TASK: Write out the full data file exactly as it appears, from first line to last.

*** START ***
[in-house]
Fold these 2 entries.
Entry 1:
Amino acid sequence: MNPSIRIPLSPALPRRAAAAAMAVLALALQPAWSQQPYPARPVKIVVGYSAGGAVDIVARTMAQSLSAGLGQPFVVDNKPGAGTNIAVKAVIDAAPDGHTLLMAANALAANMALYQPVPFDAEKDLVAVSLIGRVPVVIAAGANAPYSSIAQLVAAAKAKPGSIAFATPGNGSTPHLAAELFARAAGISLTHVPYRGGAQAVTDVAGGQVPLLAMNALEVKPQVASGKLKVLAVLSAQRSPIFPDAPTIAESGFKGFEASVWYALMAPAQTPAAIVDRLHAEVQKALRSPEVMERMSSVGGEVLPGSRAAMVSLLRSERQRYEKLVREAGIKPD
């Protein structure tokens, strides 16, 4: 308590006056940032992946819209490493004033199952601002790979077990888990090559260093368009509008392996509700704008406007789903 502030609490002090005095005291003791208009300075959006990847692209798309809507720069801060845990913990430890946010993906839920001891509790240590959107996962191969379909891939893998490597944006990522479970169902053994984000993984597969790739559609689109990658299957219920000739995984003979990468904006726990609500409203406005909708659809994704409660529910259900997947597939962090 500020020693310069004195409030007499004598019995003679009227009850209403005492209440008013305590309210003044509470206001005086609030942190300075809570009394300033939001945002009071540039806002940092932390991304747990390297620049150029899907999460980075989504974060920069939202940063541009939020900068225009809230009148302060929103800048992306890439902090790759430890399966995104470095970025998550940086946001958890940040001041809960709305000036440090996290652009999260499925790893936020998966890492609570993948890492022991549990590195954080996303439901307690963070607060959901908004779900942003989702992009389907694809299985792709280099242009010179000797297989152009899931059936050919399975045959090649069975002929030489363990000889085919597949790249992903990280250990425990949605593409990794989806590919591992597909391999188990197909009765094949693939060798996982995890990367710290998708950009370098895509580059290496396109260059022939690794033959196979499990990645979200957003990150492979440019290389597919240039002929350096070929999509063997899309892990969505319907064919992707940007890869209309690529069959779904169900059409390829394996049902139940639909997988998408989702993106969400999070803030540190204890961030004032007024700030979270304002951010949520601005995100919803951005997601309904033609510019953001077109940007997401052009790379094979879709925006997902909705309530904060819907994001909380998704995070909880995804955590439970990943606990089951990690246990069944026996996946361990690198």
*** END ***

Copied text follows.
[in-house]
Fold these 2 entries.
Entry 1:
Amino acid sequence: MNPSIRIPLSPALPRRAAAAAMAVLALALQPAWSQQPYPARPVKIVVGYSAGGAVDIVARTMAQSLSAGLGQPFVVDNKPGAGTNIAVKAVIDAAPDGHTLLMAANALAANMALYQPVPFDAEKDLVAVSLIGRVPVVIAAGANAPYSSIAQLVAAAKAKPGSIAFATPGNGSTPHLAAELFARAAGISLTHVPYRGGAQAVTDVAGGQVPLLAMNALEVKPQVASGKLKVLAVLSAQRSPIFPDAPTIAESGFKGFEASVWYALMAPAQTPAAIVDRLHAEVQKALRSPEVMERMSSVGGEVLPGSRAAMVSLLRSERQRYEKLVREAGIKPD
């Protein structure tokens, strides 16, 4: 308590006056940032992946819209490493004033199952601002790979077990888990090559260093368009509008392996509700704008406007789903 502030609490002090005095005291003791208009300075959006990847692209798309809507720069801060845990913990430890946010993906839920001891509790240590959107996962191969379909891939893998490597944006990522479970169902053994984000993984597969790739559609689109990658299957219920000739995984003979990468904006726990609500409203406005909708659809994704409660529910259900997947597939962090 500020020693310069004195409030007499004598019995003679009227009850209403005492209440008013305590309210003044509470206001005086609030942190300075809570009394300033939001945002009071540039806002940092932390991304747990390297620049150029899907999460980075989504974060920069939202940063541009939020900068225009809230009148302060929103800048992306890439902090790759430890399966995104470095970025998550940086946001958890940040001041809960709305000036440090996290652009999260499925790893936020998966890492609570993948890492022991549990590195954080996303439901307690963070607060959901908004779900942003989702992009389907694809299985792709280099242009010179000797297989152009899931059936050919399975045959090649069975002929030489363990000889085919597949790249992903990280250990425990949605593409990794989806590919591992597909391999188990197909009765094949693939060798996982995890990367710290998708950009370098895509580059290496396109260059022939690794033959196979499990990645979200957003990150492979440019290389597919240039002929350096070929999509063997899309892990969505319907064919992707940007890869209309690529069959779904169900059409390829394996049902139940639909997988998408989702993106969400999070803030540190204890961030004032007024700030979270304002951010949520601005995100919803951005997601309904033609510019953001077109940007997401052009790379094979879709925006997902909705309530904060819907994001909380998704995070909880995804955590439970990943606990089951990690246990069944026996996946361990690198």